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Monday, June 30, 2008

Amir Peretz plans his return to head the Labor Party

Peretz to challenge Barak in primary

You couldn't make this up, this is so completely and utterly absurd. Here is a guy who was elected to lead the Labor party and was a total failure. It is hard to imagine someone failing worse. In any other democratic society he would be done for. Just look at what happened to Michael Dukakis after his failed Presidential bid, and his failure was nowhere close to Amir Peretz's failure. After his disastrous term as Defense Minister how can anyone take him seriously as a candidate for Prime Minister? How can anyone think of voting for him? The fact that he can even think of returning shows how warped politics is here in Israel.

Sunday, June 29, 2008

Israel should reject the deal with Hezbullah

As much as I feel for the families this deal cannot be accepted. For probably the first and last time in my life I agree with Yossi Beilin that this deal needs to be rejected.

According to all the intelligence reports the 2 soldiers are dead. The fact that Israel would make a deal with Hezbullah with this fact unknown is in and of itself a reason to reject the deal. How can you make a deal when you don't even know what you are getting back? Given the fact that we are 99% that they are dead, paying the same price for bodies as live soldiers is a terrible precedent. Until now, organizations like Hezbulah and Hamas have understood that live soldiers were worth more then dead bodies and therefore acted accordingly. Now why should they bother keeping prisoners alive, the government will pay the same price in any case? Deals like this bring on the next round of kidnappings and give the enemy no incentive to keep prisoners alive.

We have had a lot of emotional please from the families. That is their right and that is what they need to do. However, leaders need to back away from the emotional pleas and evaluate the situation in a logical cold hearted manner. They are responsible for the well being of all the citizens. The fact is the head of the Mossad and the head of the GSS are against the deal because it is a terrible precedent. Emotion, no matter how justified, can't change that.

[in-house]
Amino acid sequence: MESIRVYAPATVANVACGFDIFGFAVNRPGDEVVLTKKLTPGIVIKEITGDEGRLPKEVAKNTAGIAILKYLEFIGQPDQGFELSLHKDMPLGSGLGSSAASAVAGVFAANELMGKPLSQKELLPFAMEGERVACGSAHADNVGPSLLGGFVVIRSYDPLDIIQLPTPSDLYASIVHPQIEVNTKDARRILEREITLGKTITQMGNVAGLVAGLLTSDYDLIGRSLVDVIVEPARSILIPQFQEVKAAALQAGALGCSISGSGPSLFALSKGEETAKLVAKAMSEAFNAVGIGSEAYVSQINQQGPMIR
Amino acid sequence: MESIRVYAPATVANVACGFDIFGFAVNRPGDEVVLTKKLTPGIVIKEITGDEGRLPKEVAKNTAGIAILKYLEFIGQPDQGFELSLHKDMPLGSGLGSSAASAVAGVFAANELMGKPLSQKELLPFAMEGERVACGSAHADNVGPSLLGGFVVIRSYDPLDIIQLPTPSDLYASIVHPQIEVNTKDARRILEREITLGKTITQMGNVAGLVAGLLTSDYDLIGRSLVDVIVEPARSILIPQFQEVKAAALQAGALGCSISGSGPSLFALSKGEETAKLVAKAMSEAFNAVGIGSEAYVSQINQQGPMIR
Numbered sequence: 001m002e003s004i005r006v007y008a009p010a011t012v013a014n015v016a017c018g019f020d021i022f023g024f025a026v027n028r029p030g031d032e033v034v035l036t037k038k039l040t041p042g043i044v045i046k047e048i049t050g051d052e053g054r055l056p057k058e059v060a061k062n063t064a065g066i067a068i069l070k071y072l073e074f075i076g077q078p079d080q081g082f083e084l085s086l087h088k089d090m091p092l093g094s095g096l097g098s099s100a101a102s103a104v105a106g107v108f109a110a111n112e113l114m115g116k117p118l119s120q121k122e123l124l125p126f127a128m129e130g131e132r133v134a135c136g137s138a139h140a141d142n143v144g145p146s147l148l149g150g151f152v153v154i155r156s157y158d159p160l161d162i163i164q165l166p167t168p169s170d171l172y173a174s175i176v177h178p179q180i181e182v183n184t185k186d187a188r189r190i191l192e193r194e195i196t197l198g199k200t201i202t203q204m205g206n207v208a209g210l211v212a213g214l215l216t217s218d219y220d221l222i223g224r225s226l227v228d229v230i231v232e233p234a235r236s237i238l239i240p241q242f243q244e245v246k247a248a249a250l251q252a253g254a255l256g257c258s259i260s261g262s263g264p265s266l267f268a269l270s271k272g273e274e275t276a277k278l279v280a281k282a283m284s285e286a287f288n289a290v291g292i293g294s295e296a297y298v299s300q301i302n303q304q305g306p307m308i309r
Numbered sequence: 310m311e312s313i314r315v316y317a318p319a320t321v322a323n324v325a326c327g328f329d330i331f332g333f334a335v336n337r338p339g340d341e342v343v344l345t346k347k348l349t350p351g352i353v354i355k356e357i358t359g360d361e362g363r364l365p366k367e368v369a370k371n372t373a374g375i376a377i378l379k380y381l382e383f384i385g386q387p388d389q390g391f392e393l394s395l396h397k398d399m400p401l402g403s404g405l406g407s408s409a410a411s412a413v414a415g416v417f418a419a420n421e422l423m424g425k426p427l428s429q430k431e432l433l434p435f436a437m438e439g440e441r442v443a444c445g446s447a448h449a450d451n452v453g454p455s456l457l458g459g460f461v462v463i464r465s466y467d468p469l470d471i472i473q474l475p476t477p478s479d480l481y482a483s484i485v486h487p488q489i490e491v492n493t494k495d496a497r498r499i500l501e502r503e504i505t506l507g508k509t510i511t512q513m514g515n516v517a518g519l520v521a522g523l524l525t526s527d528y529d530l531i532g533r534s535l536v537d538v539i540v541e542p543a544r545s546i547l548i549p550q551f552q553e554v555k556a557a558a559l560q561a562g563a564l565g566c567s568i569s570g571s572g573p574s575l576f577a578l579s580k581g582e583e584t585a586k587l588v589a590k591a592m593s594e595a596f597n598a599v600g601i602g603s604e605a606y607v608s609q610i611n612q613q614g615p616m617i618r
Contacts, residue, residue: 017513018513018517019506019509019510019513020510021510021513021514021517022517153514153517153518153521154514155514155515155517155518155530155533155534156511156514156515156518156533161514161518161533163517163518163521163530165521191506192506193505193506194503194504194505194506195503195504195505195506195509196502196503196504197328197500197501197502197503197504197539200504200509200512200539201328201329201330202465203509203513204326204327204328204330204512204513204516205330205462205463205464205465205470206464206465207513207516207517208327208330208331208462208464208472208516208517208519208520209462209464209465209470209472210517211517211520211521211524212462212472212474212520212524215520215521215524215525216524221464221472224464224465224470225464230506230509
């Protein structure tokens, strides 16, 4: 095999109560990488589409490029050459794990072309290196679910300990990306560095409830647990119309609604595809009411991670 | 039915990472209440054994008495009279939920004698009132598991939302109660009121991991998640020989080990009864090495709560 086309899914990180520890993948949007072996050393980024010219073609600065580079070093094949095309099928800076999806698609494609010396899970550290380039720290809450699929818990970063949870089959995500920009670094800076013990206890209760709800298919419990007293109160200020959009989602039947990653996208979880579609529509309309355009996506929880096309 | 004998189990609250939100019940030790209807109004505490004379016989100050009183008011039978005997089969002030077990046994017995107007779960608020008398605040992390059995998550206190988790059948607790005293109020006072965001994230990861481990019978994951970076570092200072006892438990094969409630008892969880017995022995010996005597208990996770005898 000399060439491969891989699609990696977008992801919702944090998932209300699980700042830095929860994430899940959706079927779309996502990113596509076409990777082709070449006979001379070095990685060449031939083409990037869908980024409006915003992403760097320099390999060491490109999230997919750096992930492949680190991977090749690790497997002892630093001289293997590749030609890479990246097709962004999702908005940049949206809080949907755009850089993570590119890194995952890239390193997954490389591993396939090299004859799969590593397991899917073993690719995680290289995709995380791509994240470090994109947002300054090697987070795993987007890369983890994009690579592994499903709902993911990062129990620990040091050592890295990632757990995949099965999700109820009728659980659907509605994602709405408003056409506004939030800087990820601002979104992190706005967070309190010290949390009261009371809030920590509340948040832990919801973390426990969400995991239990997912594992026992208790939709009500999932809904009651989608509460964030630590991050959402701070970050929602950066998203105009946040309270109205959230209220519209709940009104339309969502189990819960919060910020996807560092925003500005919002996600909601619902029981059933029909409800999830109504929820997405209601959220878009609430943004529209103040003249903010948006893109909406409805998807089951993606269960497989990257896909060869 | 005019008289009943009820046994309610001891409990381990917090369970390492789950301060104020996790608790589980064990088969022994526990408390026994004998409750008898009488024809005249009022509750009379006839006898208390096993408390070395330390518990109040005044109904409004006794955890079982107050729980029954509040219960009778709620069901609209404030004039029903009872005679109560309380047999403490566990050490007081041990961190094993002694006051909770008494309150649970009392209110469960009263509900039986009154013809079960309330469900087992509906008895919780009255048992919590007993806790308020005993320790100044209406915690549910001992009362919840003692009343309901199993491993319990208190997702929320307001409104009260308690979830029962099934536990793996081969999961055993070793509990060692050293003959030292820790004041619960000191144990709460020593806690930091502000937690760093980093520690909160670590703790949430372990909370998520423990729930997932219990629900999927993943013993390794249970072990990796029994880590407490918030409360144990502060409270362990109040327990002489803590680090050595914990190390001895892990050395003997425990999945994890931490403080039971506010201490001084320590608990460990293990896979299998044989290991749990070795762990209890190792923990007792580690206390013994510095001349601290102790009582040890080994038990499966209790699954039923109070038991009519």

Thursday, June 26, 2008

The Labor Party is a Joke

So says the headline of today's ישראל היום (a free daily newspaper given out in Israel).

The reason is really simple. Not only did the deal with Labor gain time (3 months until the primaries) for Olmert, he is planning to run in the Kadima primary.

PM: I'll run again despite Labor deal

Prime Minister Ehud Olmert embarrassed the Labor Party on Wednesday when he announced at the Knesset podium that he intends to run for reelection as Kadima chairman despite the deal reached overnight Tuesday in which Labor gave up its effort to initiate an early election.

Even if Olmert does not run, he has made no promise to relinquish the premiership to the victor. He could continue serving as prime minister even if Kadima elects a new leader, because there is nothing in the Kadima bylaws that would force him to step down.
...
Labor secretary-general Eitan Cabel, who negotiated the deal, did not insist on ruling out an Olmert reelection bid, mostly because he thought this was superfluous and because he did not want to embarrass the prime minister. But he ended up being embarrassed and outraged by Olmert's statement at the Knesset.

"I can't deal all day with the question of whether or not I am being lied to," Cabel said. "If Olmert runs, we will quit the coalition and I will submit a motion of no-confidence in the government."


The bottom line is that Labor got absolutely ZERO from this deal, except a black eye for again zigzagging.

Wednesday, June 25, 2008

Shas is now sitting pretty